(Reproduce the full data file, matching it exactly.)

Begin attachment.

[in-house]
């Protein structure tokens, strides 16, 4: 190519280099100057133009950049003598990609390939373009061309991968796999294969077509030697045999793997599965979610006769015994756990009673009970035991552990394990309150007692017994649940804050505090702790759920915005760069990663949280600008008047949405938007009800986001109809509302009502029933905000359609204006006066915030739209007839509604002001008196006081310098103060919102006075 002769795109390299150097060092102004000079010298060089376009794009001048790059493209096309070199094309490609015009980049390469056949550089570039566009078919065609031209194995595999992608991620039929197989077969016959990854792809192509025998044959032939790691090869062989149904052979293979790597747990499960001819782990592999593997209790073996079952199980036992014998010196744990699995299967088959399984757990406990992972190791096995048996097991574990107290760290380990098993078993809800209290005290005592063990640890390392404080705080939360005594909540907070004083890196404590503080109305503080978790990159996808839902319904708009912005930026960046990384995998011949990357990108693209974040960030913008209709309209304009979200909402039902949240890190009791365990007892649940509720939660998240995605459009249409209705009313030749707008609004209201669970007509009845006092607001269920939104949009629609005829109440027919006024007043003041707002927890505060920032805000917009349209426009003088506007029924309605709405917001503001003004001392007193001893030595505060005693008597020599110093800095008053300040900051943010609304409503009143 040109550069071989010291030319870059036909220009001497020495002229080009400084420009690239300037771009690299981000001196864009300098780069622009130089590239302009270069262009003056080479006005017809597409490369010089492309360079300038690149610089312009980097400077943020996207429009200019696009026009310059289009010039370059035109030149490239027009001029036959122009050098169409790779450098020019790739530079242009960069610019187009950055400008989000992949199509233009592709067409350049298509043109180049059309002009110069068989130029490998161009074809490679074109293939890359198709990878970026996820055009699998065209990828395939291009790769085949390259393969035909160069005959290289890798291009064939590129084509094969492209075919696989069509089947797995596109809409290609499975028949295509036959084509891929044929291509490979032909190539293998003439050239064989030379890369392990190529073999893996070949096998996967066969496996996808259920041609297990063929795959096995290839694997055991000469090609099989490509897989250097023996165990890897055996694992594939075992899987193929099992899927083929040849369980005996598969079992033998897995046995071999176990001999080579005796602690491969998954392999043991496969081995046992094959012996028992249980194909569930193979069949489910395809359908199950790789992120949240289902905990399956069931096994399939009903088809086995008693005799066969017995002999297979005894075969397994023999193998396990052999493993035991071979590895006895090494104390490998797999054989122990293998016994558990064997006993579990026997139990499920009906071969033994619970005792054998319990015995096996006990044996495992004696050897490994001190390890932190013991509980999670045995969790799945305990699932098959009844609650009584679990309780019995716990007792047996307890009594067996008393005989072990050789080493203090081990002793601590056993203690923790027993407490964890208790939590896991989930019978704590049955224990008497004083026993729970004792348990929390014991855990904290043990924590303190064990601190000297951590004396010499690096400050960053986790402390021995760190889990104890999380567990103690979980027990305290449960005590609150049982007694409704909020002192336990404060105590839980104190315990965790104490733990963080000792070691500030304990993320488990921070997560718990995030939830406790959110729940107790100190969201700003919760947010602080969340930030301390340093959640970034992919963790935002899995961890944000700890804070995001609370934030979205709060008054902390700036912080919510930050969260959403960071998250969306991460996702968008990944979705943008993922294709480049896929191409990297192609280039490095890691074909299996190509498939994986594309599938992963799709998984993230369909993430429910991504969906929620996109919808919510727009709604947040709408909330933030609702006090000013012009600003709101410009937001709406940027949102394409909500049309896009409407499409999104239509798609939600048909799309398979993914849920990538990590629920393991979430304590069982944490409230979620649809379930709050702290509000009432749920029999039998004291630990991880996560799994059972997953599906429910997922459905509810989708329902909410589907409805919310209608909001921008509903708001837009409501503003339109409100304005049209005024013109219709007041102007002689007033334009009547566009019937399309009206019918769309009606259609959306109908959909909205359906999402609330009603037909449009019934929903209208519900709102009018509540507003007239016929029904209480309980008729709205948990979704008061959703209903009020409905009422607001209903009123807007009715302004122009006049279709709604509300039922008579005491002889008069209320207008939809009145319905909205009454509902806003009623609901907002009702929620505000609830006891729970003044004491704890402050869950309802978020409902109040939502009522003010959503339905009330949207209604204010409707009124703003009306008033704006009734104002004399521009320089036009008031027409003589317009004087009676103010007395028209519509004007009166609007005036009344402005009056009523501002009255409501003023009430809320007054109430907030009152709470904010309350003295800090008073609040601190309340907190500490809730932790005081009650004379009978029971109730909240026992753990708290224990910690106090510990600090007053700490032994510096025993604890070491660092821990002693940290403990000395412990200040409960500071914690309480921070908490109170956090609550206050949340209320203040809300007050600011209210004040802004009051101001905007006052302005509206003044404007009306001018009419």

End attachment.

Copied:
[in-house]
């Protein structure tokens, strides 16, 4: 190519280099100057133009950049003598990609390939373009061309991968796999294969077509030697045999793997599965979610006769015994756990009673009970035991552990394990309150007692017994649940804050505090702790759920915005760069990663949280600008008047949405938007009800986001109809509302009502029933905000359609204006006066915030739209007839509604002001008196006081310098103060919102006075 002769795109390299150097060092102004000079010298060089376009794009001048790059493209096309070199094309490609015009980049390469056949550089570039566009078919065609031209194995595999992608991620039929197989077969016959990854792809192509025998044959032939790691090869062989149904052979293979790597747990499960001819782990592999593997209790073996079952199980036992014998010196744990699995299967088959399984757990406990992972190791096995048996097991574990107290760290380990098993078993809800209290005290005592063990640890390392404080705080939360005594909540907070004083890196404590503080109305503080978790990159996808839902319904708009912005930026960046990384995998011949990357990108693209974040960030913008209709309209304009979200909402039902949240890190009791365990007892649940509720939660998240995605459009249409209705009313030749707008609004209201669970007509009845006092607001269920939104949009629609005829109440027919006024007043003041707002927890505060920032805000917009349209426009003088506007029924309605709405917001503001003004001392007193001893030595505060005693008597020599110093800095008053300040900051943010609304409503009143 040109550069071989010291030319870059036909220009001497020495002229080009400084420009690239300037771009690299981000001196864009300098780069622009130089590239302009270069262009003056080479006005017809597409490369010089492309360079300038690149610089312009980097400077943020996207429009200019696009026009310059289009010039370059035109030149490239027009001029036959122009050098169409790779450098020019790739530079242009960069610019187009950055400008989000992949199509233009592709067409350049298509043109180049059309002009110069068989130029490998161009074809490679074109293939890359198709990878970026996820055009699998065209990828395939291009790769085949390259393969035909160069005959290289890798291009064939590129084509094969492209075919696989069509089947797995596109809409290609499975028949295509036959084509891929044929291509490979032909190539293998003439050239064989030379890369392990190529073999893996070949096998996967066969496996996808259920041609297990063929795959096995290839694997055991000469090609099989490509897989250097023996165990890897055996694992594939075992899987193929099992899927083929040849369980005996598969079992033998897995046995071999176990001999080579005796602690491969998954392999043991496969081995046992094959012996028992249980194909569930193979069949489910395809359908199950790789992120949240289902905990399956069931096994399939009903088809086995008693005799066969017995002999297979005894075969397994023999193998396990052999493993035991071979590895006895090494104390490998797999054989122990293998016994558990064997006993579990026997139990499920009906071969033994619970005792054998319990015995096996006990044996495992004696050897490994001190390890932190013991509980999670045995969790799945305990699932098959009844609650009584679990309780019995716990007792047996307890009594067996008393005989072990050789080493203090081990002793601590056993203690923790027993407490964890208790939590896991989930019978704590049955224990008497004083026993729970004792348990929390014991855990904290043990924590303190064990601190000297951590004396010499690096400050960053986790402390021995760190889990104890999380567990103690979980027990305290449960005590609150049982007694409704909020002192336990404060105590839980104190315990965790104490733990963080000792070691500030304990993320488990921070997560718990995030939830406790959110729940107790100190969201700003919760947010602080969340930030301390340093959640970034992919963790935002899995961890944000700890804070995001609370934030979205709060008054902390700036912080919510930050969260959403960071998250969306991460996702968008990944979705943008993922294709480049896929191409990297192609280039490095890691074909299996190509498939994986594309599938992963799709998984993230369909993430429910991504969906929620996109919808919510727009709604947040709408909330933030609702006090000013012009600003709101410009937001709406940027949102394409909500049309896009409407499409999104239509798609939600048909799309398979993914849920990538990590629920393991979430304590069982944490409230979620649809379930709050702290509000009432749920029999039998004291630990991880996560799994059972997953599906429910997922459905509810989708329902909410589907409805919310209608909001921008509903708001837009409501503003339109409100304005049209005024013109219709007041102007002689007033334009009547566009019937399309009206019918769309009606259609959306109908959909909205359906999402609330009603037909449009019934929903209208519900709102009018509540507003007239016929029904209480309980008729709205948990979704008061959703209903009020409905009422607001209903009123807007009715302004122009006049279709709604509300039922008579005491002889008069209320207008939809009145319905909205009454509902806003009623609901907002009702929620505000609830006891729970003044004491704890402050869950309802978020409902109040939502009522003010959503339905009330949207209604204010409707009124703003009306008033704006009734104002004399521009320089036009008031027409003589317009004087009676103010007395028209519509004007009166609007005036009344402005009056009523501002009255409501003023009430809320007054109430907030009152709470904010309350003295800090008073609040601190309340907190500490809730932790005081009650004379009978029971109730909240026992753990708290224990910690106090510990600090007053700490032994510096025993604890070491660092821990002693940290403990000395412990200040409960500071914690309480921070908490109170956090609550206050949340209320203040809300007050600011209210004040802004009051101001905007006052302005509206003044404007009306001018009419």